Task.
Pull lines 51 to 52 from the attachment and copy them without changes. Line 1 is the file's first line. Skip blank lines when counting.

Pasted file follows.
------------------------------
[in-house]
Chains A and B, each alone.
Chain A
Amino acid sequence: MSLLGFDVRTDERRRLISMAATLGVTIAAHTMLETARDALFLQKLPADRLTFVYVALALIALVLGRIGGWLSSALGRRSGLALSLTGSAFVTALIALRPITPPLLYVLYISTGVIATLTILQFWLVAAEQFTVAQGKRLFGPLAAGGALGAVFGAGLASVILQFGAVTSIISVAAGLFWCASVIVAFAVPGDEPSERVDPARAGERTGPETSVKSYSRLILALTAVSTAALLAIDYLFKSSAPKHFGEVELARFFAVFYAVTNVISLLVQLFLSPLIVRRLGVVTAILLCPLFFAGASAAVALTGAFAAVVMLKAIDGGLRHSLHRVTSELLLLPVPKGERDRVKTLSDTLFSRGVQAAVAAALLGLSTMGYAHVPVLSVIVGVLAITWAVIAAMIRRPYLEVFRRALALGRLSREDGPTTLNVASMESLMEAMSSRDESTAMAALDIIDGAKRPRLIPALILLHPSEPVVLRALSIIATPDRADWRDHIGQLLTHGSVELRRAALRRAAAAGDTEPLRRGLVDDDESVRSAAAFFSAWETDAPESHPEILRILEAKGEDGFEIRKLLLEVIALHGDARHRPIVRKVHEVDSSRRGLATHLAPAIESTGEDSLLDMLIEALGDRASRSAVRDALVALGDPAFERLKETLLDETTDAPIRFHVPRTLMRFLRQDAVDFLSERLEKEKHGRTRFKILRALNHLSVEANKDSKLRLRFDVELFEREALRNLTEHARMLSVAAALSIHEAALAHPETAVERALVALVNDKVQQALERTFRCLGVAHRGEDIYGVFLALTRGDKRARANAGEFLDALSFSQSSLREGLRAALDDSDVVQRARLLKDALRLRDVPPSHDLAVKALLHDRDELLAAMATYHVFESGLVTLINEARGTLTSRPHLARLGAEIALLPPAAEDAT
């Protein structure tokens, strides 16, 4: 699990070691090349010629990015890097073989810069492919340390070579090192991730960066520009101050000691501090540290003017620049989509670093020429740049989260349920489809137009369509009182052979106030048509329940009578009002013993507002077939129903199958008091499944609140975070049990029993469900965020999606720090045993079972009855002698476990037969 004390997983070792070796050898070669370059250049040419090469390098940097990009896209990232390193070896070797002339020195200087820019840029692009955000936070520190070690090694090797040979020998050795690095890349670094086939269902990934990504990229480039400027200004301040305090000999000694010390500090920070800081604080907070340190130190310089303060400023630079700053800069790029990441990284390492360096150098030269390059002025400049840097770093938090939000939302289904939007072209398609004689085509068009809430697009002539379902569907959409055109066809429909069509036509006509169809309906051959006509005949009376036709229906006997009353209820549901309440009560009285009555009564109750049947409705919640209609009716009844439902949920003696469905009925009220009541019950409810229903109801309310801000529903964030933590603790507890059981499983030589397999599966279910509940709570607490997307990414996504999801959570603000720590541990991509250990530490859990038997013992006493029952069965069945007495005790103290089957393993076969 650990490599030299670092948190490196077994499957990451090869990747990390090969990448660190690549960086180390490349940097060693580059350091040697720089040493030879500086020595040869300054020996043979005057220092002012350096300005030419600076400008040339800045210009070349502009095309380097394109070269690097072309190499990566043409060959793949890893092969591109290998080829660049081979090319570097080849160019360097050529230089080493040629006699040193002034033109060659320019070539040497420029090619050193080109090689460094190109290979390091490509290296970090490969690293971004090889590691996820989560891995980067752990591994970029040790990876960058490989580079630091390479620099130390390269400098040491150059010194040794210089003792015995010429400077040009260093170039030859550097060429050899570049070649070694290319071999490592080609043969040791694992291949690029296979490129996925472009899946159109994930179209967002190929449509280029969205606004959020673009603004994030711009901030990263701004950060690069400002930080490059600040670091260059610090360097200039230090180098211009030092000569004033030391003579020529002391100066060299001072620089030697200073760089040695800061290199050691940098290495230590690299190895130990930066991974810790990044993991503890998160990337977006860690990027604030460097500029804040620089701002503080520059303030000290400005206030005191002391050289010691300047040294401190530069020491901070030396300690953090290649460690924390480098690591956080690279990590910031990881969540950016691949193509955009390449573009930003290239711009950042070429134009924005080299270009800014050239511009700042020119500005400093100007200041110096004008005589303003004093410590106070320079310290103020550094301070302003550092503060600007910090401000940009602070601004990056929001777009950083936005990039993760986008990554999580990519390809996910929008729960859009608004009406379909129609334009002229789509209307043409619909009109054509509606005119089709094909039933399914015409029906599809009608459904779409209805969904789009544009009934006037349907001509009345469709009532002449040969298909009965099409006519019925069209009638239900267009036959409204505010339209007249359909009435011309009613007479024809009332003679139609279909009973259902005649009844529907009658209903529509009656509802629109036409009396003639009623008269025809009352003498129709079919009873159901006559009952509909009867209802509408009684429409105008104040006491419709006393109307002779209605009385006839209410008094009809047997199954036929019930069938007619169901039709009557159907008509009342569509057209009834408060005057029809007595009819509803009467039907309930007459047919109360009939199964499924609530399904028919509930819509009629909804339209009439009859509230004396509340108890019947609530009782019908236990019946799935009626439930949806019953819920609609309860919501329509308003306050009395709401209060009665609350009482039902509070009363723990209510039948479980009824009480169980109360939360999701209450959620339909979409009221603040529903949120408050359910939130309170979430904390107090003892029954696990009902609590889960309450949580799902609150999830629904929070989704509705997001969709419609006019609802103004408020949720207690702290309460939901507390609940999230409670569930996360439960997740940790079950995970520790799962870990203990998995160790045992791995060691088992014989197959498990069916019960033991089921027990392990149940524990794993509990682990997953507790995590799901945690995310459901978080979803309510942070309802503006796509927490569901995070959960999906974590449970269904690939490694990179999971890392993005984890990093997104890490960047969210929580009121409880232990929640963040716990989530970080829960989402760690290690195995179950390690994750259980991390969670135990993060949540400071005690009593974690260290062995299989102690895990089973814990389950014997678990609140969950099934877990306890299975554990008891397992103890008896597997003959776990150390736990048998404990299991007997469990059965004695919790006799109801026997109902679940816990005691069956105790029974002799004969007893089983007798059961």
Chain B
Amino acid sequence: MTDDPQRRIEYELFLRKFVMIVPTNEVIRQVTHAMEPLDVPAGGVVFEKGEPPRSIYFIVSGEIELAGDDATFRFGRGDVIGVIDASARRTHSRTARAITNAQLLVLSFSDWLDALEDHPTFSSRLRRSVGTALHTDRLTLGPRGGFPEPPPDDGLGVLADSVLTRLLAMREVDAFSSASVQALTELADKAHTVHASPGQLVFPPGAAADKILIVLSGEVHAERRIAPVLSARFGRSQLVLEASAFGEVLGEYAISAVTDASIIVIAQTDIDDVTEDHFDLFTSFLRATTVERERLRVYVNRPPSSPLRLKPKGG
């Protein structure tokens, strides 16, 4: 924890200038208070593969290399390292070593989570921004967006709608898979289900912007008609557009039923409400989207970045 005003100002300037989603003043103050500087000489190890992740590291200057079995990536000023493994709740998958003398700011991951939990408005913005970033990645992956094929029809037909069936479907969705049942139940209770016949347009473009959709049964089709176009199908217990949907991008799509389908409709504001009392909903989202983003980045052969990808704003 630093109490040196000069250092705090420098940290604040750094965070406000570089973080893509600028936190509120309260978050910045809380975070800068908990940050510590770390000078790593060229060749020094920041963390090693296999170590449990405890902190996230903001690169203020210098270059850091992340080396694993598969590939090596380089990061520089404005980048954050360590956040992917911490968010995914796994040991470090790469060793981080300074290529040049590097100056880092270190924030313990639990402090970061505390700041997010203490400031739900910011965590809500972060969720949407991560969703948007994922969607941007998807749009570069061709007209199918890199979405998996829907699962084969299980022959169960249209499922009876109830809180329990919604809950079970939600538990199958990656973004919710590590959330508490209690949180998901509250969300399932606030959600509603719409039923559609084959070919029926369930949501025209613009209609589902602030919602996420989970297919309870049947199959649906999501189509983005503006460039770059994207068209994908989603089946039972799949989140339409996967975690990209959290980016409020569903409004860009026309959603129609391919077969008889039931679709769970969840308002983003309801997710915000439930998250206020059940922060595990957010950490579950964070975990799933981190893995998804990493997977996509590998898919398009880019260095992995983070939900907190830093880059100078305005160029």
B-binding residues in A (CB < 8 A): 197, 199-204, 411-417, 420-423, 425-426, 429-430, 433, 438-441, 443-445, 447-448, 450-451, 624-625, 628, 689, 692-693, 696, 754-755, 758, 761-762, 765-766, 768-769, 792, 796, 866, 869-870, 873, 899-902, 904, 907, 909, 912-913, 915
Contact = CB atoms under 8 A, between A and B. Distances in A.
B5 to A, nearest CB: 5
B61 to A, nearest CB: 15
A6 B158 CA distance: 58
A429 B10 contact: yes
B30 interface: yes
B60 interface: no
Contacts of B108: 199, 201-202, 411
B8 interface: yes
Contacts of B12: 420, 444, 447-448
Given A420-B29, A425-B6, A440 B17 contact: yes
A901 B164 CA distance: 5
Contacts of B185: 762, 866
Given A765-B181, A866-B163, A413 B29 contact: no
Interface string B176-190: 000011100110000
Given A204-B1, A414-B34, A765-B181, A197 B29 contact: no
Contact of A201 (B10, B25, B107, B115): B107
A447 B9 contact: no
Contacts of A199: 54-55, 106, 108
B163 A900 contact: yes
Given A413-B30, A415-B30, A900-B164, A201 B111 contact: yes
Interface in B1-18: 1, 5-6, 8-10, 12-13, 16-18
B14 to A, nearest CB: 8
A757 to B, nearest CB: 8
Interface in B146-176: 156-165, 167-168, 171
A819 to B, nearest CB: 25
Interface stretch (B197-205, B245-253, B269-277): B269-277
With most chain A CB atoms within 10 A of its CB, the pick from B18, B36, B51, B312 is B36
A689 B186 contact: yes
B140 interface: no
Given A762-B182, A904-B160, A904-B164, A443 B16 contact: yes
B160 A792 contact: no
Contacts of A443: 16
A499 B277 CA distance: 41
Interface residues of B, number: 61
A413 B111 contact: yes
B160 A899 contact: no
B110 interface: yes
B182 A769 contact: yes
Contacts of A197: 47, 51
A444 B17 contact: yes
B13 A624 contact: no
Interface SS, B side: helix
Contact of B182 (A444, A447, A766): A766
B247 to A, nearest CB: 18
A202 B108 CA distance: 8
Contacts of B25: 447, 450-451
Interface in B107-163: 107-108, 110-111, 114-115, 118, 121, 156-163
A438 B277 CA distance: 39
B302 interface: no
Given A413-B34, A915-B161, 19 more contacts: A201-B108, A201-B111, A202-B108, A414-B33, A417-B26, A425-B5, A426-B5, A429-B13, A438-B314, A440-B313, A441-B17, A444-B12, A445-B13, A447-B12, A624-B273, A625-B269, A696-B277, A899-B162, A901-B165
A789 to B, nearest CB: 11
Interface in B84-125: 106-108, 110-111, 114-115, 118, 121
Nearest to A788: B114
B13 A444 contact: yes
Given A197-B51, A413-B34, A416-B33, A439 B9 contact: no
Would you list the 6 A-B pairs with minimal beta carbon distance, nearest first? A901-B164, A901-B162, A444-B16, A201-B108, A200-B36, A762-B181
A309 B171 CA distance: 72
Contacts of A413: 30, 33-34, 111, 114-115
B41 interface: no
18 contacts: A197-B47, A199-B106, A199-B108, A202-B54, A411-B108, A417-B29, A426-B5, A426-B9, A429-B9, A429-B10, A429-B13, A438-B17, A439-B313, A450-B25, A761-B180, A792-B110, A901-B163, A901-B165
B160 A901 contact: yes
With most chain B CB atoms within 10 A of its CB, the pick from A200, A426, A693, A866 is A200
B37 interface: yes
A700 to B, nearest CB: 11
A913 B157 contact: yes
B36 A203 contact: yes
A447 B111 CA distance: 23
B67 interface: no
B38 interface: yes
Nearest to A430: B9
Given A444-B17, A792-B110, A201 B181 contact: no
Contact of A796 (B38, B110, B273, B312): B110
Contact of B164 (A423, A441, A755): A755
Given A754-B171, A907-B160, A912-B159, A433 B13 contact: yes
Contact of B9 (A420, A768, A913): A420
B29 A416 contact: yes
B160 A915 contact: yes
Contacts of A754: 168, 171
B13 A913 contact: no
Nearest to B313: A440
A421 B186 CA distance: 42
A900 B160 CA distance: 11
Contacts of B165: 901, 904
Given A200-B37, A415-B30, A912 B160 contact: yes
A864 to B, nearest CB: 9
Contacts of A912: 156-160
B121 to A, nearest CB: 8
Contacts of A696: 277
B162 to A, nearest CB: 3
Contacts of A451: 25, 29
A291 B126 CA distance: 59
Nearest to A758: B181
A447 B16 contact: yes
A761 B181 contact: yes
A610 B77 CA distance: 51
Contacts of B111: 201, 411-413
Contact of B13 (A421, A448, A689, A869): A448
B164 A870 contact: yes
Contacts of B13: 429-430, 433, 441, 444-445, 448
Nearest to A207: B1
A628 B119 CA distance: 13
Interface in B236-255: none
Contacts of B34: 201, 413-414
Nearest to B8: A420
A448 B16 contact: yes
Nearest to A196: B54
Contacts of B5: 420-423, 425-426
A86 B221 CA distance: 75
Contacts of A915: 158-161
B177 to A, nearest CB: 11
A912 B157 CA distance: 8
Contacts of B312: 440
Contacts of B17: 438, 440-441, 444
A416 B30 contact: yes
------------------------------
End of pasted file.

B13 A624 contact: no
Interface SS, B side: helix